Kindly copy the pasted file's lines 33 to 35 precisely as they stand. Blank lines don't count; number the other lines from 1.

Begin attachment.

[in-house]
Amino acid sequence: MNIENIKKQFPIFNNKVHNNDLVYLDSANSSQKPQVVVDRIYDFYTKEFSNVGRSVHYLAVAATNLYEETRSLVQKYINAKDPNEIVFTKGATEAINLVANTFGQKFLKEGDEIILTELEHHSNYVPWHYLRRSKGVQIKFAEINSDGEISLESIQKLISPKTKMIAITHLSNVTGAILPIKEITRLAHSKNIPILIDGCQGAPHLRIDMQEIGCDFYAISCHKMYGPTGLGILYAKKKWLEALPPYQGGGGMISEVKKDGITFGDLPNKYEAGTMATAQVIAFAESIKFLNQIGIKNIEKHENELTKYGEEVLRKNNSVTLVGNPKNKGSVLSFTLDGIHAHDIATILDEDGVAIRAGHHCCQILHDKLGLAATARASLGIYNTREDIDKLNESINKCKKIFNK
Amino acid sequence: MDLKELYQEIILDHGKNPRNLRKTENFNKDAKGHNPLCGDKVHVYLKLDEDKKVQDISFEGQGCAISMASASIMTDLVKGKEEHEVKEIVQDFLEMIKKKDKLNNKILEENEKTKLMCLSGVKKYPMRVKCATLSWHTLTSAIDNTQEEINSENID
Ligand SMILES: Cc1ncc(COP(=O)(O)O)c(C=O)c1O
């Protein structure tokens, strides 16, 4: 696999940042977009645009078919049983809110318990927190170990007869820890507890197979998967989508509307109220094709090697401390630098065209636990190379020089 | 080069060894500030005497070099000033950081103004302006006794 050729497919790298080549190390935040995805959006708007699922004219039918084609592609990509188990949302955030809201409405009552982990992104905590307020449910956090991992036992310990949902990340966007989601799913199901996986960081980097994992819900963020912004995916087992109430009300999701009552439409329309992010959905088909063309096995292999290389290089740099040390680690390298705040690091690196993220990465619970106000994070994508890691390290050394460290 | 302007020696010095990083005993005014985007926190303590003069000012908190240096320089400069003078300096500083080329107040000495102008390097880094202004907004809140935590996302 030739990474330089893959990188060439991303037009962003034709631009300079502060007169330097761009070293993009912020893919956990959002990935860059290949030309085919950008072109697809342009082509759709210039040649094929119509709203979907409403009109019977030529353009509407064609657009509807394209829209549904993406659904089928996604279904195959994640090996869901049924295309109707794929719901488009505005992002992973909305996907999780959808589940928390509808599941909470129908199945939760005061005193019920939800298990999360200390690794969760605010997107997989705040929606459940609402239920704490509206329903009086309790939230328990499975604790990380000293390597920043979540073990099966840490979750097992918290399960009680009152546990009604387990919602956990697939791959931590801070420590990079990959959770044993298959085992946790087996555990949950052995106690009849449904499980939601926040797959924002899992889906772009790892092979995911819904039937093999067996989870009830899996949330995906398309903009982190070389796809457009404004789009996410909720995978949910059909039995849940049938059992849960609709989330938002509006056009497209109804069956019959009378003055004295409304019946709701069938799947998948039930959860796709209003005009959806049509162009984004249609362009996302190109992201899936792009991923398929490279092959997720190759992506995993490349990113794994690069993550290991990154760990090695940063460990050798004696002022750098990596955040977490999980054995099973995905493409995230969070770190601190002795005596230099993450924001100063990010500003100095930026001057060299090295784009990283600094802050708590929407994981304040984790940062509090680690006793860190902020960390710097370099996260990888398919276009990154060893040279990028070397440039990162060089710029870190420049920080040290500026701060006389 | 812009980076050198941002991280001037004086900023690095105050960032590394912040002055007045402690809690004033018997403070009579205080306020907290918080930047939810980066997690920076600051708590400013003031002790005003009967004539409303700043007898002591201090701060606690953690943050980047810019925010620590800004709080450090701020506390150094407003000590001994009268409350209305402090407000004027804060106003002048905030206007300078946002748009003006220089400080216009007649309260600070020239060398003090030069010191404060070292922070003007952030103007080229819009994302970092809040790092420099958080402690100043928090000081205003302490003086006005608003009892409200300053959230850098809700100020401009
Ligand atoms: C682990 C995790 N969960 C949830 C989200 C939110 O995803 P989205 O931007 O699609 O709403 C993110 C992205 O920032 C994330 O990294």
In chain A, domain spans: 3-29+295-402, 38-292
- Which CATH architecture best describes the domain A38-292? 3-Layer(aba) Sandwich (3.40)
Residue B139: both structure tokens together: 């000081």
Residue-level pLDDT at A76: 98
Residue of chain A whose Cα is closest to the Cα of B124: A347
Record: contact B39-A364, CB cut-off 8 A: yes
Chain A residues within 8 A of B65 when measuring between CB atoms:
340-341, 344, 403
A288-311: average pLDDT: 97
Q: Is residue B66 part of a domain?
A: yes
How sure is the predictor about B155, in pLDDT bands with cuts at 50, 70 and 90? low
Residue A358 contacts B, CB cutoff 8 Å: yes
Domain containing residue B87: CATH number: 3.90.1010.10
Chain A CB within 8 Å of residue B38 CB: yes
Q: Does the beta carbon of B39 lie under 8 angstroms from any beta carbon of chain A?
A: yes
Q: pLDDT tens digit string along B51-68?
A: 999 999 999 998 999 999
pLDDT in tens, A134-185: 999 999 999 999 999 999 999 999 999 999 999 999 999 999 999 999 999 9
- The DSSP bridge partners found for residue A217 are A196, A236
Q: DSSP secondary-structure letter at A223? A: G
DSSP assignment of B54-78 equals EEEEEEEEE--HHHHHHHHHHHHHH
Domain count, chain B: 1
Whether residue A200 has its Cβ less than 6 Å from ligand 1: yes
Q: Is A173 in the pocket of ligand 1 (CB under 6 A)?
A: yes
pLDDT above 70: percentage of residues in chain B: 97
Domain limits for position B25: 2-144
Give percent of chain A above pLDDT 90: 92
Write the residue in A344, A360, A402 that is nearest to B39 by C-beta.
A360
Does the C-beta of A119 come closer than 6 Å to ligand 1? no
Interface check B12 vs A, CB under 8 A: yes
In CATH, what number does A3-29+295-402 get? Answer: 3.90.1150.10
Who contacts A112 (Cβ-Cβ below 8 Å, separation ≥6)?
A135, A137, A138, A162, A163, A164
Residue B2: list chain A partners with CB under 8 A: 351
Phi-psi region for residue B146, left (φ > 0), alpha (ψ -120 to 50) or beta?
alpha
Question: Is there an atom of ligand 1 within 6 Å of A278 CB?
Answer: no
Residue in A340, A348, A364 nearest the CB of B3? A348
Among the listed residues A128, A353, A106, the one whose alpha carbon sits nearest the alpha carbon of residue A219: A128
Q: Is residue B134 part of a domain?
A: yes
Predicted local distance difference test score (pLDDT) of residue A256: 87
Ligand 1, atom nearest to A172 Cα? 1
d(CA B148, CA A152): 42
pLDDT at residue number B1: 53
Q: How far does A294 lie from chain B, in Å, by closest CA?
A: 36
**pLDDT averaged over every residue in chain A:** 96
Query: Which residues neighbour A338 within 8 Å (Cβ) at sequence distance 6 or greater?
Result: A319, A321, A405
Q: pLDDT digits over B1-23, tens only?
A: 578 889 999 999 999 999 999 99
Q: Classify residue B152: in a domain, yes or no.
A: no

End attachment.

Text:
A: yes
pLDDT above 70: percentage of residues in chain B: 97
Domain limits for position B25: 2-144